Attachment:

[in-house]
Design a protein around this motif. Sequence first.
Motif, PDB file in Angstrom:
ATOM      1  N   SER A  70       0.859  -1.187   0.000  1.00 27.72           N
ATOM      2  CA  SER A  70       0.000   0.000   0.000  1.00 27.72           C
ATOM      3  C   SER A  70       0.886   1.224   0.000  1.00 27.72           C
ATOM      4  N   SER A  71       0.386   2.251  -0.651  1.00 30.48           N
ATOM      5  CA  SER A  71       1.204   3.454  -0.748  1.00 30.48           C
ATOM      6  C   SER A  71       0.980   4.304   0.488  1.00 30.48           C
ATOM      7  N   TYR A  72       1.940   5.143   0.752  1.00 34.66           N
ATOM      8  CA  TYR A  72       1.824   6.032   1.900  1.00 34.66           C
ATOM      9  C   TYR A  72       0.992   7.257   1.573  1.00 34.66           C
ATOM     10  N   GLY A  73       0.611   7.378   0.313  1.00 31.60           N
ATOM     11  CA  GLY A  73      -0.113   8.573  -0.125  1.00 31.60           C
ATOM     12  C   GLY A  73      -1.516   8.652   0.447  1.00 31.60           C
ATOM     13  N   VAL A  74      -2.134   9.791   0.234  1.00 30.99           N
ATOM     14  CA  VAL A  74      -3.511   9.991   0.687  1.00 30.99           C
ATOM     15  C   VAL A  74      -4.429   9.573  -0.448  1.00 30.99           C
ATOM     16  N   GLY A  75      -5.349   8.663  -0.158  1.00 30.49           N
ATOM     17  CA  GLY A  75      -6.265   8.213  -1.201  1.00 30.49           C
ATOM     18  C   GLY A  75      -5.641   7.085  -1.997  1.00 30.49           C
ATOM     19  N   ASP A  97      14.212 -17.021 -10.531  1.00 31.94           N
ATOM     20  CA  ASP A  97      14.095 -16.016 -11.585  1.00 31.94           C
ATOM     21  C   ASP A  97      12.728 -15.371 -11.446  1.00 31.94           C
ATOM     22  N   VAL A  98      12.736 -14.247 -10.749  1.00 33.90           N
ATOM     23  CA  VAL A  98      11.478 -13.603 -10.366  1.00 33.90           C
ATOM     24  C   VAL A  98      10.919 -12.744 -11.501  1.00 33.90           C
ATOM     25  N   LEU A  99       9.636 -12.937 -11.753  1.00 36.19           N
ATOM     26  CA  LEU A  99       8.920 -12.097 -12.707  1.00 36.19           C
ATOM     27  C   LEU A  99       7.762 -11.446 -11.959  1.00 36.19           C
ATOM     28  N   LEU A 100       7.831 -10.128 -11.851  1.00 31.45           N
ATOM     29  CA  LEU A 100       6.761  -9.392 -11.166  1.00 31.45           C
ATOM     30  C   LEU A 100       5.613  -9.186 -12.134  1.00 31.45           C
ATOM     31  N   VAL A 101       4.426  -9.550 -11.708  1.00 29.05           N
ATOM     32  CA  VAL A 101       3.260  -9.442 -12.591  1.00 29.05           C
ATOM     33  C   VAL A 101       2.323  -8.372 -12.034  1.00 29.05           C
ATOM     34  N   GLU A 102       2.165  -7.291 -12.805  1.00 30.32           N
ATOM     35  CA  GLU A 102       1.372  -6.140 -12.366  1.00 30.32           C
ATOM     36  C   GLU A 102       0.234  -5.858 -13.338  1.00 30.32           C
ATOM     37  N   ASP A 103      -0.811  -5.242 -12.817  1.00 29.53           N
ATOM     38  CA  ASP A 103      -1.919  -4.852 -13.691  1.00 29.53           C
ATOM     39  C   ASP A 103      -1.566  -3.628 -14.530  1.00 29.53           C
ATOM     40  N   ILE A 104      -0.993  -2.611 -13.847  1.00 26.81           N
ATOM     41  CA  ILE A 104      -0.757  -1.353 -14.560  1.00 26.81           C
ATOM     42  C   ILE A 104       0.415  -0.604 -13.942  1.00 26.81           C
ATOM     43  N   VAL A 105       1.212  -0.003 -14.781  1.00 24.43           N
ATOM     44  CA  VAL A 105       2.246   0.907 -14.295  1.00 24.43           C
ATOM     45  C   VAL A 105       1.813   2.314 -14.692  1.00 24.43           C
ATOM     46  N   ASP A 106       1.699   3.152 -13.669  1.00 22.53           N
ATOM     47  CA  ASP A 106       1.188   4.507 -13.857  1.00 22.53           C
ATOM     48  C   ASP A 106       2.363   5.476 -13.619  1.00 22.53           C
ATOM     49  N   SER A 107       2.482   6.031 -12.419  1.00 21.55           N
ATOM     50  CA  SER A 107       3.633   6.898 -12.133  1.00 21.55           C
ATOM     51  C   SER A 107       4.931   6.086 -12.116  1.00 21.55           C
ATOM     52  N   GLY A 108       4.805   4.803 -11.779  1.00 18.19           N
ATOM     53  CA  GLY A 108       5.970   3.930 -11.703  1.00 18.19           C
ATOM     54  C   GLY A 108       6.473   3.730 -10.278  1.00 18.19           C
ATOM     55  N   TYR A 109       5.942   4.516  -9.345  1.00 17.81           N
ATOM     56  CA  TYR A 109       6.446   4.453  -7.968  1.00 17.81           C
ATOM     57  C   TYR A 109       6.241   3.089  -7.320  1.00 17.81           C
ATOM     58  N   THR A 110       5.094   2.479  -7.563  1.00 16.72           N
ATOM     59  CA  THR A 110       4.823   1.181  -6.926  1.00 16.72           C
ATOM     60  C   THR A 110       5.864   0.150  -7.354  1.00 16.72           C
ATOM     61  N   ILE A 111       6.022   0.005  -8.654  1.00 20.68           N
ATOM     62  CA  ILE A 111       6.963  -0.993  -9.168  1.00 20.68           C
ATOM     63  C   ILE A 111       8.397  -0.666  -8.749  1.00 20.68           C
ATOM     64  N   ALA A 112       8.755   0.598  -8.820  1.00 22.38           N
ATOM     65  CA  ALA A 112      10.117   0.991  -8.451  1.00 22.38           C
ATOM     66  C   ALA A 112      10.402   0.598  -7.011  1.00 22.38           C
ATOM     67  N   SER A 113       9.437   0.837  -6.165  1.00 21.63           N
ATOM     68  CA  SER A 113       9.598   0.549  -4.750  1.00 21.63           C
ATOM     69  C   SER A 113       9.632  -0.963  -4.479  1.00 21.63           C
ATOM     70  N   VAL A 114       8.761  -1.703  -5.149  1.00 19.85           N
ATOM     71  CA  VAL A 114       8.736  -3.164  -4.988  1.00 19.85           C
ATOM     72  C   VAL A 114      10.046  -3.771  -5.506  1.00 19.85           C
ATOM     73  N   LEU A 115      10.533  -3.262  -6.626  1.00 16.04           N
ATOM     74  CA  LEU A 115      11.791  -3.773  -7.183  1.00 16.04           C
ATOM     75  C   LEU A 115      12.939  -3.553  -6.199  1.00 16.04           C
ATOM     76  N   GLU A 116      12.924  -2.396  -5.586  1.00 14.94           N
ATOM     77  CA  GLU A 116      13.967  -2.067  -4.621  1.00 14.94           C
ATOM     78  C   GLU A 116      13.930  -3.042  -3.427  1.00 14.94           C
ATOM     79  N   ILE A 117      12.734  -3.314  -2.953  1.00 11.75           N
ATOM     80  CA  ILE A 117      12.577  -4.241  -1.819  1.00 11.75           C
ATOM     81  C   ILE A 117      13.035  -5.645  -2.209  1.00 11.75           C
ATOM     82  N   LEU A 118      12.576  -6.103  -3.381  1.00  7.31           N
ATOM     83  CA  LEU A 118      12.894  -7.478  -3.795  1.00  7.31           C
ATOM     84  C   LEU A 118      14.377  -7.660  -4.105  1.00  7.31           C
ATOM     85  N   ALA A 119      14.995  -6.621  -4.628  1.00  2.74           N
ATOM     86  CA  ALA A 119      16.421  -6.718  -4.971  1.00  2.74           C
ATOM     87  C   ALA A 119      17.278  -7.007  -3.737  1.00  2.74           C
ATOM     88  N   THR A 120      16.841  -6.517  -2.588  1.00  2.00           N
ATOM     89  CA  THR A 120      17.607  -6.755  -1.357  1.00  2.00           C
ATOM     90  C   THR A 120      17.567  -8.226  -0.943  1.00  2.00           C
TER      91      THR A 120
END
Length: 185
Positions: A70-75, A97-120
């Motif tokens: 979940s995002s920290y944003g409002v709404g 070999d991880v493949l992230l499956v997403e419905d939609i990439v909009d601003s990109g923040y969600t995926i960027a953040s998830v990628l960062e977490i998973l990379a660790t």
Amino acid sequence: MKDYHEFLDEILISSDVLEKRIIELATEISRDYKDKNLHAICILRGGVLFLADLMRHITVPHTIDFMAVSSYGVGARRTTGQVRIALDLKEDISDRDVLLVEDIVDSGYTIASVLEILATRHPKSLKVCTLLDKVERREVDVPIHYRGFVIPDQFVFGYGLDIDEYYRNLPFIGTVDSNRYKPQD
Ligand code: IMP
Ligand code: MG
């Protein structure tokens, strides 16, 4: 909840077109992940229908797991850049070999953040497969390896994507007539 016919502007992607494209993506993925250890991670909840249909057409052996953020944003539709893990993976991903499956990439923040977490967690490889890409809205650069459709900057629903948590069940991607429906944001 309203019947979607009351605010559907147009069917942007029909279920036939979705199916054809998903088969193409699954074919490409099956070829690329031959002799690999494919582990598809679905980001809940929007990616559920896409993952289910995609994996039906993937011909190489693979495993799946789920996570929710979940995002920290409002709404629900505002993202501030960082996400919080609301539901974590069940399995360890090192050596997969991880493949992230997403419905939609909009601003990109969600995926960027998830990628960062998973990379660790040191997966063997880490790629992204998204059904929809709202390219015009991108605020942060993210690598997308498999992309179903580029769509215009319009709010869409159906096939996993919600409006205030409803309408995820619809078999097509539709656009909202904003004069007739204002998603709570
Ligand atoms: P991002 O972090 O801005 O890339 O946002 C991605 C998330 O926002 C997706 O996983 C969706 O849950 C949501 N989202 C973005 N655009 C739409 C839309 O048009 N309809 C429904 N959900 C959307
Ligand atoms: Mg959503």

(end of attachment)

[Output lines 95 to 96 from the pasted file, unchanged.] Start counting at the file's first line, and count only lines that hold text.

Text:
END
Length: 185